“The lack of domestic personal protective equipment also relates to our government’s unwillingness to read the cards and begin seriously stockpiling in January and February,” said Olivia Webb, policy analyst with the American Economic Liberties Project.

Blanket bans on exports could disrupt production of health care products by breaking supply chains in the midst of a crisis, and could limit the ability of the U.S. to assist poorer countries facing the pandemic.

“An ideal policy,” Webb said, “would demand corporations give the U.S. government and U.S. health care entities the right of first refusal for PPE and related equipment during a national emergency.”

The current supply crisis has been precipitated by a variety of administration failures, from cuts to international programs for disease detection and preparation to a refusal to swiftly mobilize supplies. Trump did not declare a national emergency until March 13 and the federal government did not start issuing major federal contracts for the purchase of personal protective equipment, as The Intercept previously reported, until early and mid-March.

Despite demands by public health officials and lawmakers, Trump moved sluggishly to deploy the Defense Production Act, a law that allows the federal government to compel private firms to produce vital supplies.

Lobbyists with the U.S. Chamber of Commerce, an influential business trade group, reportedly pressed the administration against using the act. It was not until March 27 that Trump finally utilized it to narrowly compel General Motors to build ventilators.

The failure of the U.S. to recognize Covid-19 as a serious problem follows years of efforts to dismantle federal programs designed to maintain international disease surveillance. The Trump administration cut 14 employees from the Beijing office of the U.S. Centers for Disease Control and Prevention, and closed U.S. Agency for International Development programs in China working to monitor disease outbreaks over the last two years. In 2018, Trump disbanded the National Security Council office devoted to pandemic preparation.

The disorganized response has led to confusion over whether the U.S. government can meet surging demand across the country. Governors have reported receiving lackluster support when requesting supplies from the federal government.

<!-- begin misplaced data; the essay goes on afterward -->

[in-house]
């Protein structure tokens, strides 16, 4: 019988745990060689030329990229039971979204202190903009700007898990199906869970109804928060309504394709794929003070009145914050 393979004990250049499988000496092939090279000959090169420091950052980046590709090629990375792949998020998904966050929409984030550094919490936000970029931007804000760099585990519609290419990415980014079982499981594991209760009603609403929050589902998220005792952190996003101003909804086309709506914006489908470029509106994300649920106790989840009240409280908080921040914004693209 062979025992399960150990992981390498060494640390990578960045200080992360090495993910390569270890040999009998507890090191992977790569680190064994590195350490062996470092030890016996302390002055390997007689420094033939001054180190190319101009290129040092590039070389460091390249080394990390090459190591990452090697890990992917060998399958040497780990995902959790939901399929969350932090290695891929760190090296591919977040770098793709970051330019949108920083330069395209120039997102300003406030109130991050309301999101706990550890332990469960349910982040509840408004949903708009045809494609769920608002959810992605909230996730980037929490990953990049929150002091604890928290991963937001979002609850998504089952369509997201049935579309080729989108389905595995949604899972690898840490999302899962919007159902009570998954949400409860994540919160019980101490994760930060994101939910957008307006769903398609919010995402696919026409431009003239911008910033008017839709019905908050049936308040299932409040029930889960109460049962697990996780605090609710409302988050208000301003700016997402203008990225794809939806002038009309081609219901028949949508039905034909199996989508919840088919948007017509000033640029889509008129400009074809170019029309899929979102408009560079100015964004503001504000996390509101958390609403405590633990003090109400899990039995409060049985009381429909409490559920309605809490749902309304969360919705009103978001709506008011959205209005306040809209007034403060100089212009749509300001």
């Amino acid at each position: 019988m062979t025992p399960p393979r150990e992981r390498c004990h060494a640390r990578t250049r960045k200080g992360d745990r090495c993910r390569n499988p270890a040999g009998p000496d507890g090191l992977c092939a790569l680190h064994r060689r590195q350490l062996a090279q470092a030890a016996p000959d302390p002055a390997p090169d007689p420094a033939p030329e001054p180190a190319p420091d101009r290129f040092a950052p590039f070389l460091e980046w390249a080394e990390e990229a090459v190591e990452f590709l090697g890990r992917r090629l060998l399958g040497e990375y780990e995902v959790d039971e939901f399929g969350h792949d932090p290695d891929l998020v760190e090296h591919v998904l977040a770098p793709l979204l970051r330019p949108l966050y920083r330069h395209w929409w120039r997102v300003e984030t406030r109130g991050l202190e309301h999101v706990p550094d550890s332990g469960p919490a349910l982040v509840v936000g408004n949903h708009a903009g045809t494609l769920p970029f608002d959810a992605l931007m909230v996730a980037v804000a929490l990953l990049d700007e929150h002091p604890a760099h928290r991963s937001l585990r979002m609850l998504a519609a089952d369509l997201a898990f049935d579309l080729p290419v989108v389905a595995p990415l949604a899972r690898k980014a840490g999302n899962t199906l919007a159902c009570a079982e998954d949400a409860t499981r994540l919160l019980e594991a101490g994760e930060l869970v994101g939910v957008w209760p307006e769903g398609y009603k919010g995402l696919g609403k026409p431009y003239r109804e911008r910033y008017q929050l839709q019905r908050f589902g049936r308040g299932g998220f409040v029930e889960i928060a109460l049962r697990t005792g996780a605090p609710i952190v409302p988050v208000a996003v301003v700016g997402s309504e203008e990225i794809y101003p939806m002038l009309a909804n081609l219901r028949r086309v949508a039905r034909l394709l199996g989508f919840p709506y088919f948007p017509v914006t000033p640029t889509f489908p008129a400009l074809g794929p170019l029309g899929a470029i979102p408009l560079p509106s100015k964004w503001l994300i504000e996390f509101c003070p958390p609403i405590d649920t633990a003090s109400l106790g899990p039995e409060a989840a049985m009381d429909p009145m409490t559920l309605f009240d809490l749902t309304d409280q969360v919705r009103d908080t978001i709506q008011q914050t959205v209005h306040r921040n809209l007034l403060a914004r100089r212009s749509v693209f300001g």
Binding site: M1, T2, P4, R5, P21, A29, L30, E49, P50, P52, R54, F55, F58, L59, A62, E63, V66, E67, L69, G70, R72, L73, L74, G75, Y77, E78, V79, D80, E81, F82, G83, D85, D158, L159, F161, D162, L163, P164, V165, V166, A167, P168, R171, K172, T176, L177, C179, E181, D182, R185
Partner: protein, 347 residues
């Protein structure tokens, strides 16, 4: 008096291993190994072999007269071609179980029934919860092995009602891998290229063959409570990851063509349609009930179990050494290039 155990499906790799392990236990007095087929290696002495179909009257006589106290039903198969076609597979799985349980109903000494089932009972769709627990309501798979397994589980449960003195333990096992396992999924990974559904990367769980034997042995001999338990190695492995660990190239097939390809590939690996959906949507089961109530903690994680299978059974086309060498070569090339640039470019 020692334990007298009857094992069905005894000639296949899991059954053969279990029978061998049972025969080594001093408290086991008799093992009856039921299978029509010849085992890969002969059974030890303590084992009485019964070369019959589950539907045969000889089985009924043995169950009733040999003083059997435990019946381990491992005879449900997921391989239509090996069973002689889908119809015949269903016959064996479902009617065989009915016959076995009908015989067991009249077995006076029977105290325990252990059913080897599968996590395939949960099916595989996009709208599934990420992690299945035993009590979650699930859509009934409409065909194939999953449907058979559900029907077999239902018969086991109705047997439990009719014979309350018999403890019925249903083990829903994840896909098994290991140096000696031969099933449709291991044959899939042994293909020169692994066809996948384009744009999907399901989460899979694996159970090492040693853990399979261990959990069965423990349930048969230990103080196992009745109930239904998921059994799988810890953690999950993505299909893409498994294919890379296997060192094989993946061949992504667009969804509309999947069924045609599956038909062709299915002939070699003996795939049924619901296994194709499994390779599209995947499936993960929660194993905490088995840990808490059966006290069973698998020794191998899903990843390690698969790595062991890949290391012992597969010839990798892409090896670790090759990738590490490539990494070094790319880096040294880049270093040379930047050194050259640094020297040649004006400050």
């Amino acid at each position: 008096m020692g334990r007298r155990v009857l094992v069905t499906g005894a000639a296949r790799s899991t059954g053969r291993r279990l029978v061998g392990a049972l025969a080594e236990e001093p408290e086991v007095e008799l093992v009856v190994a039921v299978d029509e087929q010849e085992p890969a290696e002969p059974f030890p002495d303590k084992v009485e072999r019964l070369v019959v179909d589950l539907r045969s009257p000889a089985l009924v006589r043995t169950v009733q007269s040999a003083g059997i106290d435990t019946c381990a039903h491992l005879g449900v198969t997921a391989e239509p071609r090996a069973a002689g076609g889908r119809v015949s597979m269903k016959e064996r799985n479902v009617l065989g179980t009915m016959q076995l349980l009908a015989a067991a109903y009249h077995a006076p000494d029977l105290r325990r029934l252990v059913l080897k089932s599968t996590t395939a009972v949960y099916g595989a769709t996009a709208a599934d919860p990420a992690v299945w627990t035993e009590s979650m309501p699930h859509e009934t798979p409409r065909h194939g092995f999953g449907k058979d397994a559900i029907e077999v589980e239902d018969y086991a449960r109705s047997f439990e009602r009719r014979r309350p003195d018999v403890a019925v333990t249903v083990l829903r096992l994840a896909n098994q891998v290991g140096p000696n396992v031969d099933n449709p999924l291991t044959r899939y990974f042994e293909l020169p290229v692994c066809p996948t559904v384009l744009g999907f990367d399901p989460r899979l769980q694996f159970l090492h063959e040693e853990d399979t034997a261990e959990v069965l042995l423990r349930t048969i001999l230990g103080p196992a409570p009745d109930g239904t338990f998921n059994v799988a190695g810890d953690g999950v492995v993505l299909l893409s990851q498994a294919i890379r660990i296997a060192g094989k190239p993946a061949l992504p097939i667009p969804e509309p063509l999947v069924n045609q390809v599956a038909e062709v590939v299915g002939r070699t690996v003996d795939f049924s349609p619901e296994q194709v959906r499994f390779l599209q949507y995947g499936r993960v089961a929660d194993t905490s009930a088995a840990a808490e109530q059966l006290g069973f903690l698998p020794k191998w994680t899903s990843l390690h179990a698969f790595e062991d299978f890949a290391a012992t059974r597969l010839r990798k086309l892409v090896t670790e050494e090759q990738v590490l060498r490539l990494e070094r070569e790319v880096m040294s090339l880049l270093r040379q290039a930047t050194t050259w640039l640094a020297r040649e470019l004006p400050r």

The Federal Emergency Management Agency, meanwhile, has asked USAID to bring reserves of protective medical equipment from warehouses in Dubai and Miami for use across the country.

Other supply issues reflect a deference to industry that has come to define many elements of the Trump administration.

A recent ProPublica story spotlighted a promising effort to stockpile ventilators in preparation for a respiratory pandemic — that failed to deliver in time for the current crisis.

The U.S. Department of Health and Human Services provided a contract to develop 10,000 low-cost ventilators from Philips Respironics, an American subsidiary of Royal Philips N.V that produces medical respiratory equipment. But the device, the Trilogy Evo Universal, was never delivered to the national stockpile. The terms of the contract do not require delivery until November 2022, and sources for ProPublica suggest that the administration granted a preferential window to Philips that has allowed the company to first sell the product to a variety of buyers at higher prices.

The subsidiary, CBP records show, has instead exported at least six shipments of respiratory equipment abroad, largely to Europe, over the last two months. Last November, the company also shipped products associated with the Trilogy Evo Universal to the Netherlands.

Asked whether the company would focus on meeting the acute demand in the U.S., the Philips parent company demurred in a statement.

“Philips believes that critical medical equipment, such as hospital ventilators and patient monitors, should be made available across the world, prioritizing those communities and countries that need it the most, using a fair and ethical approach to allocate supply to acute patient demands based on data such as the COVID-19 risk-classification of a country/region,” said Steve Klink, a spokesperson for Philips.

“Orders may be divided into batches and delivered in phases so that we can serve multiple priority countries/regions in parallel,” Klink added.